Posts Tagged ‘regionalism’

Give us a Barnett formula for the North to match the Marshall plan we have for the South

05/09/2011, 09:09:24 AM

by Kevin Meagher

“Power, wealth and opportunity” should be “in the hands of the many, not the few” intones Clause Four (Section Four) of the Labour party constitution. An admirable sentiment and one that we could usefully start by applying to our unbalanced and dysfunctional national economy.

No, this isn’t a moan about the iniquities of the Barnett formula, which was revealed last week to shower a fifth more public spending on Scotland than England.

For those of us living north of the Wash, our beef is not with our Caledonian neighbours, but our Southern English brethren. Yes, the problem is our old friend the North/ South divide; that drag anchor that mars all efforts to deliver the wise words emblazoned on the back of our membership cards.

You can see why, when the unemployment rate in the South East is now half that of the North East. The TUC estimates that there are 158,000 fewer jobs now than there were on the eve of the recession in December 2007. During that time, the North West and Yorkshire and Humber regions have lost 60,000 jobs apiece. London, on the other hand, has actually seen 122,000 more jobs created.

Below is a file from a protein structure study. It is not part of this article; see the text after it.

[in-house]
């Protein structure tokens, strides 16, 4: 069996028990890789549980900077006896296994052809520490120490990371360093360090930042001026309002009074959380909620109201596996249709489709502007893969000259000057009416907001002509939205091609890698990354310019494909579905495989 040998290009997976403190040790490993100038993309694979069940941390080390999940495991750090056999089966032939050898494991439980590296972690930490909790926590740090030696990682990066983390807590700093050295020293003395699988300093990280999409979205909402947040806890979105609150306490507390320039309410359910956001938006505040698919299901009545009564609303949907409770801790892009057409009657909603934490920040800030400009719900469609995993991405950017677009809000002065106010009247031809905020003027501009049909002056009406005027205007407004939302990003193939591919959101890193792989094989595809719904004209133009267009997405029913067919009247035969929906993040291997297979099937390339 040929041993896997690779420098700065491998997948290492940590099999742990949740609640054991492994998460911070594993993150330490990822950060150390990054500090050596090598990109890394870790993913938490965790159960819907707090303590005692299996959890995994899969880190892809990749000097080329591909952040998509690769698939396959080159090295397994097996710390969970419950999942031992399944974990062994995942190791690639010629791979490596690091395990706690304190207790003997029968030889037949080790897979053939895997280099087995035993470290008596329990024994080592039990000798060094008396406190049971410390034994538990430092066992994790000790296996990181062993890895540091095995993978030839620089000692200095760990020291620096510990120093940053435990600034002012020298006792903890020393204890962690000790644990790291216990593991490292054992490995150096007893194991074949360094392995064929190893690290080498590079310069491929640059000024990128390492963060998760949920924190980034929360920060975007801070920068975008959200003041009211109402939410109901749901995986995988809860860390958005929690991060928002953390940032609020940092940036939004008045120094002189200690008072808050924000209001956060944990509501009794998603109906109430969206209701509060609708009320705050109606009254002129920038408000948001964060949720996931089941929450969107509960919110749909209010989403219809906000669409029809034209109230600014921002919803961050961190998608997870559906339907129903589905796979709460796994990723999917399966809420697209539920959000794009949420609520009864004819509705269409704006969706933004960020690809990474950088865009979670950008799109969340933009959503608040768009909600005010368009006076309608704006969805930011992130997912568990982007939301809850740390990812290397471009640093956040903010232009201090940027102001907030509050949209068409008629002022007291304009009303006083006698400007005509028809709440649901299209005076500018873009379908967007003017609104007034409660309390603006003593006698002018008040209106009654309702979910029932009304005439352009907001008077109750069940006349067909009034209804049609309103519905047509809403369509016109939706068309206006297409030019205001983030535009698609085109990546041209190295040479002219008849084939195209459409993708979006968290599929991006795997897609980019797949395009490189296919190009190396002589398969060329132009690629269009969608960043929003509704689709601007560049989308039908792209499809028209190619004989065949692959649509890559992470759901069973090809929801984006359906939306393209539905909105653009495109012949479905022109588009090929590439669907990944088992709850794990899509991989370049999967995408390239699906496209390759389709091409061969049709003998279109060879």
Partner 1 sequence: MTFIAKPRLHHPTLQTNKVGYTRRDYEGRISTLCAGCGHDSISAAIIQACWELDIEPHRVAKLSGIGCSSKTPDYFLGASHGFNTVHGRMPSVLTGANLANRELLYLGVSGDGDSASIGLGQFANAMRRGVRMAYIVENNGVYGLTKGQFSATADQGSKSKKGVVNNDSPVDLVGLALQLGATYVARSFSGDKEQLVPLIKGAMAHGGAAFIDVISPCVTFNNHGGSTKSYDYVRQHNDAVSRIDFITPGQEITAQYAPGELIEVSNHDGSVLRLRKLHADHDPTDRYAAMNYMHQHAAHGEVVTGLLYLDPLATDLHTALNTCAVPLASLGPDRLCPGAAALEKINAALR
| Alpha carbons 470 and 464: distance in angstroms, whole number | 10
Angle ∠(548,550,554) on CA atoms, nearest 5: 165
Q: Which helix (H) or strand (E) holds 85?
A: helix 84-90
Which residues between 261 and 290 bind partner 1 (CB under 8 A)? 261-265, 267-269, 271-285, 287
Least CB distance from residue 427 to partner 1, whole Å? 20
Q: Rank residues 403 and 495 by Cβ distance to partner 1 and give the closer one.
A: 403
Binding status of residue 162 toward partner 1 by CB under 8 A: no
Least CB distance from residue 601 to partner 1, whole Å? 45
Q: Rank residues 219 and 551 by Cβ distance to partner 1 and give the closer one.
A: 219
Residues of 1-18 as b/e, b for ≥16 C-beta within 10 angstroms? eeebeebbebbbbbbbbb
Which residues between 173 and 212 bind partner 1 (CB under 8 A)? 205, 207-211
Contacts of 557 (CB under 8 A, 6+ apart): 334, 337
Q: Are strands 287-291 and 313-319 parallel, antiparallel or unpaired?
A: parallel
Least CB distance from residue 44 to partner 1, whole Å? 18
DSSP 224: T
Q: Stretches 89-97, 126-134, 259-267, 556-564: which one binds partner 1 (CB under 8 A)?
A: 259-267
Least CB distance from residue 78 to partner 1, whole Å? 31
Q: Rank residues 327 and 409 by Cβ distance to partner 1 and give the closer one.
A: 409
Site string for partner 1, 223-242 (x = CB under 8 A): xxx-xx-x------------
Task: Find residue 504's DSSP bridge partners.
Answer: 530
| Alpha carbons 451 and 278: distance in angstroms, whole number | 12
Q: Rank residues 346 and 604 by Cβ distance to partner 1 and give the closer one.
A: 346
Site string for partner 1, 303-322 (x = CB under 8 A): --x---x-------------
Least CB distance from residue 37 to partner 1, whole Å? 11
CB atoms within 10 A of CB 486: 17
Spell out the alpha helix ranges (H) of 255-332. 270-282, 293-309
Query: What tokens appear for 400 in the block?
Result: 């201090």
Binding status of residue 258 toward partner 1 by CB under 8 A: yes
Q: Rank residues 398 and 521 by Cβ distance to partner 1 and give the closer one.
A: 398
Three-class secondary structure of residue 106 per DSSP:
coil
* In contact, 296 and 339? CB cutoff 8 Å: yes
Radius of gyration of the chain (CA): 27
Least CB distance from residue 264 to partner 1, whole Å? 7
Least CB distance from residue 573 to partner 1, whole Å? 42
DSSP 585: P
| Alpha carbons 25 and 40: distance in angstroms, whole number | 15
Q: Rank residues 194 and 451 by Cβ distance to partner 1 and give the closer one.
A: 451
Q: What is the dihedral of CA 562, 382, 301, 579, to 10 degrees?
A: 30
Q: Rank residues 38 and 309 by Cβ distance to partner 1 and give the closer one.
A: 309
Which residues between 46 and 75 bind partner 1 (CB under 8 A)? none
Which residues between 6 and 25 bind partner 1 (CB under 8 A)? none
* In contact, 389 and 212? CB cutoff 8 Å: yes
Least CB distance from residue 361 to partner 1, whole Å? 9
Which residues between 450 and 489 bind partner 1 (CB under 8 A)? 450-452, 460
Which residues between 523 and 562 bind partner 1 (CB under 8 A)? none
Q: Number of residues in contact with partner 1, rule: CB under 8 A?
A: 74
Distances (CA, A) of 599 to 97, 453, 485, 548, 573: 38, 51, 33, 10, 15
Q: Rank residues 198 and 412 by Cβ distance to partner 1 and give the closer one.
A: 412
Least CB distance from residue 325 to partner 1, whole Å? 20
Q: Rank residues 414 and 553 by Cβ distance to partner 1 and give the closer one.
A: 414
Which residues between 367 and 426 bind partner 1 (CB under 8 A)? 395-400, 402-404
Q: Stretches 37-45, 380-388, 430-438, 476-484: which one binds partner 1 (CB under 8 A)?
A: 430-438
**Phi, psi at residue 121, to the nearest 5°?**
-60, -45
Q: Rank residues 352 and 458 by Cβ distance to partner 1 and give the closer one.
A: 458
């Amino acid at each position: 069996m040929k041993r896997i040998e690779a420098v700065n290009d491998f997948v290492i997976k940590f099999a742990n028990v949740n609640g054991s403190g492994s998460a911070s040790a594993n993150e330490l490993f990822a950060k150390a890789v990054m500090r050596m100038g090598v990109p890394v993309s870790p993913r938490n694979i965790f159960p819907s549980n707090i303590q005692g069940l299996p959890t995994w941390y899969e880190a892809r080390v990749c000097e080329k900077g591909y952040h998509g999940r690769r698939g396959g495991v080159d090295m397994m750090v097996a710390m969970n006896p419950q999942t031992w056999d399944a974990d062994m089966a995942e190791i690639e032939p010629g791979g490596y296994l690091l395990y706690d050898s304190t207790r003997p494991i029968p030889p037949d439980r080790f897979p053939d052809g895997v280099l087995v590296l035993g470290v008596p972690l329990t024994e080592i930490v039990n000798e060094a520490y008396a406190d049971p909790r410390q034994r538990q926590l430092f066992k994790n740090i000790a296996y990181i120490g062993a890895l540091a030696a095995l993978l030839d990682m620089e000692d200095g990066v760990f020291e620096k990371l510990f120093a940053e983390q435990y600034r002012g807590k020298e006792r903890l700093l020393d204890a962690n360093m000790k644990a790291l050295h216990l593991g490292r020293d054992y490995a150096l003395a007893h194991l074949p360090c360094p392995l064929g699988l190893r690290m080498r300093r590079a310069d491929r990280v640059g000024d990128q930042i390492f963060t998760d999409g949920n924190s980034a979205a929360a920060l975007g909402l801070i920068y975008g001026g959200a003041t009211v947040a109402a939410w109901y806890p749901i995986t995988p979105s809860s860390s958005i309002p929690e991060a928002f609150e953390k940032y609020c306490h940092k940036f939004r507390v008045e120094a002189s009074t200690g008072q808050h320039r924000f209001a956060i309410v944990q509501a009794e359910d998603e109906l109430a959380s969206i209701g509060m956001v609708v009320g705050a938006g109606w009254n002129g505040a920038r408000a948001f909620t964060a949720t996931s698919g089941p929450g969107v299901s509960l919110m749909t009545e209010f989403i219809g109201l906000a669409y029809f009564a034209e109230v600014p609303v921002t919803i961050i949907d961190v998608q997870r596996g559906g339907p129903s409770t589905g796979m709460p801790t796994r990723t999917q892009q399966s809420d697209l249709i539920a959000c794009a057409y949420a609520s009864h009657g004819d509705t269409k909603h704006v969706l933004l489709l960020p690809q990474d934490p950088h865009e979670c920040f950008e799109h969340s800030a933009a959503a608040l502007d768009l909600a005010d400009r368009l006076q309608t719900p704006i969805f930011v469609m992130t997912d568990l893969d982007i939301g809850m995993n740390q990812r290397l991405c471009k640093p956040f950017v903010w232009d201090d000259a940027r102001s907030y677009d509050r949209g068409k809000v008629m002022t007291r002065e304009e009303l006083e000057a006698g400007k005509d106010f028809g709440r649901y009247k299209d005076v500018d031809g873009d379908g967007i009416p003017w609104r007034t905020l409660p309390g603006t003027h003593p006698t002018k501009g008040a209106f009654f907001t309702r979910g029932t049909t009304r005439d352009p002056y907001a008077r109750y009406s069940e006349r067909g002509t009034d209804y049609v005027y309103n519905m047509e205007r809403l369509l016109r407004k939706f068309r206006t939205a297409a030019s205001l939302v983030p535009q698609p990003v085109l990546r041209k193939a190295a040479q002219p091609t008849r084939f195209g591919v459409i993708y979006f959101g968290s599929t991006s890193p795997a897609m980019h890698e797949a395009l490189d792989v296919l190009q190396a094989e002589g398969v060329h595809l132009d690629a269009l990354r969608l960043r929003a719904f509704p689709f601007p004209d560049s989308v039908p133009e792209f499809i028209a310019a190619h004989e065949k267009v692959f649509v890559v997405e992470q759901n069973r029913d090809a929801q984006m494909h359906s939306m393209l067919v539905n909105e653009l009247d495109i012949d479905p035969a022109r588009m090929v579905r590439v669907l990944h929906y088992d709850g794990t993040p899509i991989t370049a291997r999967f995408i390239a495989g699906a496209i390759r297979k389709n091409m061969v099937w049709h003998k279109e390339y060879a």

Meanwhile the Chartered Institute of Personnel and Development’s latest quarterly labour market outlook found a stark differential in business confidence, with employers in the South expecting to increase staffing levels over the next three months, while those in the North predict further job cuts.

The government’s response to this glaring asymmetry? The department of business has just confirmed that it has only managed to green-light one out of fifty approved bids to its new regional growth fund, the scheme designed to bolster the private sector in those regions most reliant on the public sector (and therefore most exposed to cuts). Yet even if all its projects were up and running, this £1.4bn pot amounts to just a third of what Labour’s regional development agencies were spending.


Facebook Twitter Digg Delicious StumbleUpon